8 days ago

Time to reintroduce midday meal at schools

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Iconic French military leader, Emperor Napoleon Bonaparte (1769-1821) emphasised the importance of logistics famously stating that his soldiers conquered vast tracts of Europe by "marching on their stomachs".  Napoleon knew only too well the importance of a full belly. Just as a well-fed army is essential for victory, so is proper nutrition vital for the development of  young learners' efficiency. If soldiers cannot perform their duty with an empty stomach, how can we possibly expect students to be anything different?

Many students in Bangladesh, especially in rural and poverty-stricken areas, attend classes with an empty stomach, which greatly impedes their ability to concentrate and learn effectively. It is time to take heed and put into practice the wisdom of Napoleon Bonaparte.

It has been reported that the government following a two-year hiatus, plans to reintroduce free midday meals in primary schools in 150 upazilas. This significant and commendable move is expected to provide nourishing food to young learners and help enhance school attendances and reduce school dropouts. This initiative, scheduled to kick-off in August, will embrace approximately 3.7 million students across 19,000 government primary schools mainly in poverty-stricken areas. Under the revamped scheme, the government will offer not only fortified biscuits, but also a variety of nutritious options such as seasonal fruits, bananas, eggs, and bread as a midday meal. This would perhaps be even more than what some students might get at home.

The Midday Meal Programme is not a novel concept in Bangladesh. From 2001 to 2009, the World Food Programme successfully implemented a school-feeding project. Then from 2010 to June 2022, the government provided fortified biscuits to nearly three million children in over 15,300 primary schools across 104 upazilas, with some areas also receiving hot meals. The programme, however, provoked a public outcry and severe criticism in 2020 when the project officials proposed going overseas to have training   on the preparation of Khichuri, a traditional local dish common to most Bangladeshi homes. The proposal was seen as an unnecessary foreign tour at the expense of the taxpayers. As a result,  an extension of the Midday Meal Programme was ultimately abandoned.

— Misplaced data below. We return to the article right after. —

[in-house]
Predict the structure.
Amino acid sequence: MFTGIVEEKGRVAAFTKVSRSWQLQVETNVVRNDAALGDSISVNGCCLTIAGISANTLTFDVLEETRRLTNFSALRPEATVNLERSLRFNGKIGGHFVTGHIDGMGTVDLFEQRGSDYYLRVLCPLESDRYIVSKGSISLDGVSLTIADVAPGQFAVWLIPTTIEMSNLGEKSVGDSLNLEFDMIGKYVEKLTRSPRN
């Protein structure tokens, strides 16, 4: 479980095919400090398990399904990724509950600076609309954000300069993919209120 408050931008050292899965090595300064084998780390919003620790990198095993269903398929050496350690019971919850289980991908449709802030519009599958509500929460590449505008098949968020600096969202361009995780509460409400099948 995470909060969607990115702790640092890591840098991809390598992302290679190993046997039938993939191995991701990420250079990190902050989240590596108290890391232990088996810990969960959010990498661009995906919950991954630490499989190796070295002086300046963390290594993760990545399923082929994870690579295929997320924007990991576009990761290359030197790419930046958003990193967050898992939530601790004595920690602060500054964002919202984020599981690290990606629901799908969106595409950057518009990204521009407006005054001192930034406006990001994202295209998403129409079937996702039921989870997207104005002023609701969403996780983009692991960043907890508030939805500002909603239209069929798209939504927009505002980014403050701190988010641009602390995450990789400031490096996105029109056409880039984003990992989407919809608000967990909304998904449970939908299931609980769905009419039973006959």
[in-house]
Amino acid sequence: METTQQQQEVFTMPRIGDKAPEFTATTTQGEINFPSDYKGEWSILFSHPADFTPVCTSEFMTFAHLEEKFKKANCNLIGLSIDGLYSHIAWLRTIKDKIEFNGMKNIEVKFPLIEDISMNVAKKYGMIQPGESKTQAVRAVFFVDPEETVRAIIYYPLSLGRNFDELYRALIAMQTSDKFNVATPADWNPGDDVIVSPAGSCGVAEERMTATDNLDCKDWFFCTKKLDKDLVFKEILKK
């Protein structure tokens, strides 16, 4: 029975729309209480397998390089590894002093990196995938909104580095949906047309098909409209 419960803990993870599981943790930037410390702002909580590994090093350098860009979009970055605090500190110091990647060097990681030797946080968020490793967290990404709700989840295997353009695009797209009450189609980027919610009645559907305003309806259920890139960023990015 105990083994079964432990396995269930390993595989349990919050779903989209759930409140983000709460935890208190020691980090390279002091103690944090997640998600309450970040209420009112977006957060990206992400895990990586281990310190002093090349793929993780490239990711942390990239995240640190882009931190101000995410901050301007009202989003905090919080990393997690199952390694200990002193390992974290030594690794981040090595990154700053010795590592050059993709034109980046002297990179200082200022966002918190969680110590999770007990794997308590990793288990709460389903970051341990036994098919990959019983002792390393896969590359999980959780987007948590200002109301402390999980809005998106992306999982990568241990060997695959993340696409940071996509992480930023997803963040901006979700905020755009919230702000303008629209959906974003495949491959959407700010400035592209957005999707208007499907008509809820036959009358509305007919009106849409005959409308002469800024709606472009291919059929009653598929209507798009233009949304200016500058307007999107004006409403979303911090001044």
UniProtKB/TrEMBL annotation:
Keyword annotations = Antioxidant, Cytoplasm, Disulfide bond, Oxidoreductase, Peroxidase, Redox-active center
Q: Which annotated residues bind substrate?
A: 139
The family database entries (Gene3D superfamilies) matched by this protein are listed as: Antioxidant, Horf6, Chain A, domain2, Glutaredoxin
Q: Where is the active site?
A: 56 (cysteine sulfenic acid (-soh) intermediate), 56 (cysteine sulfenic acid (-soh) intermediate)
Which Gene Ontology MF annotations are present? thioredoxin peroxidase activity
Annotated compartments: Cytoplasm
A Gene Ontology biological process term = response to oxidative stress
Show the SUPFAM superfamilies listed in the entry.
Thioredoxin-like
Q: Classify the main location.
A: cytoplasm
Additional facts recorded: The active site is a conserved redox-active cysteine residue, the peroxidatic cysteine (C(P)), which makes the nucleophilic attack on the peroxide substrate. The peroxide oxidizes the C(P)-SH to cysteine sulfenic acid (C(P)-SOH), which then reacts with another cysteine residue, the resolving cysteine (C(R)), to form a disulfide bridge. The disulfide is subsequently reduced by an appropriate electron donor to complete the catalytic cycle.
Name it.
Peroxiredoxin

Now the re-introduction of the programme, perhaps, is going to be one of the most beneficial and humane acts the government has adopted for young school goers. A 2018 study by the World Food Programme revealed that midday meal programmes led to a 4.2 per cent increase in school enrolment and a 7.5 per cent reduction in dropouts. Given that the primary level dropout rate in Bangladesh stood at 13.95 per cent in 2022, down from 39.8 per cent in 2010, encouraging this downward trend is crucial.

In the National Education Policy of 2010, the government incorporated implementation of a midday meal at schools. If implemented in a substantive and meaningful way, the MMP can yield a myriad of benefits. It can help remedy the problem of malnutrition, increase school enrolment, prevent dropouts, stop students from playing truant, contribute towards balancing the meagre family budget, and provide essential nutrients to needy members of the community.

A midday meal program at school isn't just about providing free food. It can have a number of less obvious but beneficial effects. For example, it can make schools more attractive to students from lower-income families and help reduce child labour, as some children sadly take on difficult jobs just to earn a daily meal. For all these reasons, implementing a comprehensive midday meal programme in schools, especially for underprivileged children, can be a major step towards greater success in a country's education system.

In 2018, when the midday meal programme was implemented on a limited scale, this scribe interviewed an Upazila Education Officer to understand its impact. It was learned that following the introduction of the midday meal scheme, the attendance rate, especially after lunch break, substantially increased. Children enjoyed their midday meals together in a festive and disciplined manner. After eating, they washed their plates and tiffin boxes, indicating a heightened sense of respect and responsibility. Previously, many students hesitated to bring tiffin, often ate unhealthy junk food during the lunch break or stayed hungry, while some went home for lunch and did not return to school. However, with the midday meal programme, these issues improved significantly. With their hunger satisfied, students could give full attention to their classes, and teachers felt more encouraged to teach due to higher attendance rates and enthusiastic participation. Overall, awareness of health, hygiene, and nutrition has increased, which will, in the long run, reduce the risk of malnutrition-related diseases among students.

As Bangladesh aims to ensure that all children receive at least 30 per cent of their daily-required calorie intake by 2030, the mid-day meal programme will play a pivotal role in achieving this goal. By addressing hunger and malnutrition, the programme will help students focus better, learn more effectively, appreciate more the school system, and stay at school longer.

The reintroduction of midday meals in primary schools will be a highly commendable move and those responsible for this initiative deserves praise. Not only does it help improve education and reduce poverty in Bangladesh, but it is also a clear visible investment in the nation's future, ensuring that children, regardless of their socio-economic background, have the opportunity to succeed academically and lead healthier lives. No child deserves to go to school hungry.


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